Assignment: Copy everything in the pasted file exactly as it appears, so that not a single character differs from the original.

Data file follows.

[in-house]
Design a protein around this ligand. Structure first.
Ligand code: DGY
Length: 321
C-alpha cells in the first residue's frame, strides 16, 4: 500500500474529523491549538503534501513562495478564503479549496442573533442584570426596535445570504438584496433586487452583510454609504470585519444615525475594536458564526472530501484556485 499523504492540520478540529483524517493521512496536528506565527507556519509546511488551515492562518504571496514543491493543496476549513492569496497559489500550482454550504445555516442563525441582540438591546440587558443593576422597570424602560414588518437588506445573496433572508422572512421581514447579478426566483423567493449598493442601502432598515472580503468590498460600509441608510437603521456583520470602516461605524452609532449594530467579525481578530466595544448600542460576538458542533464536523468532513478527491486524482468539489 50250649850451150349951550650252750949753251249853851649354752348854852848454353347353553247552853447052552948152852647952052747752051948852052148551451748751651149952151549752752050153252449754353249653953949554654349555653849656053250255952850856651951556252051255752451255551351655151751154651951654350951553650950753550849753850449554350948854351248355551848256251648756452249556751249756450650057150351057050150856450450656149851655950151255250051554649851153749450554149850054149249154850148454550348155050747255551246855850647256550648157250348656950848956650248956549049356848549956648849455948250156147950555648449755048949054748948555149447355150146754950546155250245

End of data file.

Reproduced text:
[in-house]
Design a protein around this ligand. Structure first.
Ligand code: DGY
Length: 321
C-alpha cells in the first residue's frame, strides 16, 4: 500500500474529523491549538503534501513562495478564503479549496442573533442584570426596535445570504438584496433586487452583510454609504470585519444615525475594536458564526472530501484556485 499523504492540520478540529483524517493521512496536528506565527507556519509546511488551515492562518504571496514543491493543496476549513492569496497559489500550482454550504445555516442563525441582540438591546440587558443593576422597570424602560414588518437588506445573496433572508422572512421581514447579478426566483423567493449598493442601502432598515472580503468590498460600509441608510437603521456583520470602516461605524452609532449594530467579525481578530466595544448600542460576538458542533464536523468532513478527491486524482468539489 50250649850451150349951550650252750949753251249853851649354752348854852848454353347353553247552853447052552948152852647952052747752051948852052148551451748751651149952151549752752050153252449754353249653953949554654349555653849656053250255952850856651951556252051255752451255551351655151751154651951654350951553650950753550849753850449554350948854351248355551848256251648756452249556751249756450650057150351057050150856450450656149851655950151255250051554649851153749450554149850054149249154850148454550348155050747255551246855850647256550648157250348656950848956650248956549049356848549956648849455948250156147950555648449755048949054748948555149447355150146754950546155250245